Evacuations lifted after greater than 14,000 acres burned

Despite a wet winter and heavy snowpack, California's 2024 wildfire season began over the weekend with the state's largest fire of the 12 months, the Corral Fire south of Tracy and east of Livermore.

The fire broke out Saturday afternoon and raged uncontrolled into Sunday, injuring two firefighters, requiring evacuations, destroying a house and turning vast swathes of the once golden rolling hills into blackened wastelands.

According to Cal Fire statistics, the Corral Fire burned 14,000 acres in 24 hours, greater than the full area burned by the 1,253 wildfires in California to date this 12 months. The fire was 50% contained by Sunday evening, the agency said.

“We have a very, very abundant grass crop this year, and that is what led to the fire,” Cal Fire Captain Robert Foxworthy said Sunday afternoon.

Lush grasses that thrived on winter rains are actually dead or dying and drying out across the state. Areas just like the East Bay Hills are especially in danger when winds pick up, as they did Saturday when the hearth broke out around 2:30 p.m. and winds of as much as 40 mph and even stronger gusts spread the hearth to almost 10,000 acres in a matter of hours, Foxworthy said.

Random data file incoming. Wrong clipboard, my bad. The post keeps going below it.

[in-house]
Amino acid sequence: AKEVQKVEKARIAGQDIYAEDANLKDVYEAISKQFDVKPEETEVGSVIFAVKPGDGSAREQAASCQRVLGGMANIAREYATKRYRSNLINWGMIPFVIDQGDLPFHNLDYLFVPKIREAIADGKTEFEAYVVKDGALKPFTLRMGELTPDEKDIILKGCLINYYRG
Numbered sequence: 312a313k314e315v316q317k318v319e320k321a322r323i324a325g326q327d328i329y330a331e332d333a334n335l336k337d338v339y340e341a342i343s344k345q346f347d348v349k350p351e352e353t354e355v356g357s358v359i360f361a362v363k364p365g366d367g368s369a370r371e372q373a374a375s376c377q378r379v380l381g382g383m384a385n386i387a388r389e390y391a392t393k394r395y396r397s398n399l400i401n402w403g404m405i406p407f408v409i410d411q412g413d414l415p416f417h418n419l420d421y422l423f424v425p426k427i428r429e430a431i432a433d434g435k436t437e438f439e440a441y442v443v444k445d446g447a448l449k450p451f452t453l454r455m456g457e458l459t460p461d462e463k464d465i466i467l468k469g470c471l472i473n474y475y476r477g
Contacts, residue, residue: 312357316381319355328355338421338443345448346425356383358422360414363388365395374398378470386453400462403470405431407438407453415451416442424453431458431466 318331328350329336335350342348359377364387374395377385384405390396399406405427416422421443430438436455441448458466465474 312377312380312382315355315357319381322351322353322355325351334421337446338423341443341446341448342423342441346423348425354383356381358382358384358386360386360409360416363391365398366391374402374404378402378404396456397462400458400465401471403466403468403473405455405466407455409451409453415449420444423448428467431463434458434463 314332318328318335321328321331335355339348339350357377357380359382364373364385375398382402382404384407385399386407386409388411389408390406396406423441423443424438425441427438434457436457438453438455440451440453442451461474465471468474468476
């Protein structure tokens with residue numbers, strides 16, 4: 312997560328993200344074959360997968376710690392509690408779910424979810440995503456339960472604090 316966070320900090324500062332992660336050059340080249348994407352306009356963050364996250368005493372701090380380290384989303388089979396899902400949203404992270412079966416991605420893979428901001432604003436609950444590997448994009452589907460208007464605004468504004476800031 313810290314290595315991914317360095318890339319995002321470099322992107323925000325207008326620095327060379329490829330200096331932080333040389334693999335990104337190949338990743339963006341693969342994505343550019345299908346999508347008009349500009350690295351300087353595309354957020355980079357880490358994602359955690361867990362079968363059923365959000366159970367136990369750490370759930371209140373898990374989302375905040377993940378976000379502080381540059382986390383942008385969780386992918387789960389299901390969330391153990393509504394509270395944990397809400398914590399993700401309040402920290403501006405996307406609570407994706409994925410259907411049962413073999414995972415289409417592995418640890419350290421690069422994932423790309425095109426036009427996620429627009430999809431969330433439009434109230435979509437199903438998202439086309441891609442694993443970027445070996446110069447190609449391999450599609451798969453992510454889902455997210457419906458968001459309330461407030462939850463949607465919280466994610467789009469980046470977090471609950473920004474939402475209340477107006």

Those drying grasses are prone to result in “an increase in grass fires” in the approaching weeks, Craig Clements, a professor at San Jose State University and director of the Wildfire Interdisciplinary Research Center, said this week. Temperatures are expected to rise sharply within the region starting Tuesday. Highs of 35 degrees are expected in Concord on Tuesday, 32 degrees in San Jose and 28 degrees in Oakland, in response to the National Weather Service. In many parts of the Bay Area, the mercury is predicted to proceed to rise on Wednesday before turning cooler again on Thursday.

The Corral Fire broke out only a day after Cal Fire announced Friday that it will suspend permits to burn debris outdoors at private homes in Santa Clara, Alameda, Contra Costa and western San Joaquin and Stanislaus counties starting Saturday, citing “abundant” grass dried out by wind and rising temperatures.

Two firefighters from the Alameda County Fire Department were injured while fighting the hearth. “They were
to local hospitals where they are being treated and evaluated,” the department said in a press release Sunday afternoon. A Cal Fire spokesman said the firefighters were in stable condition and recovering.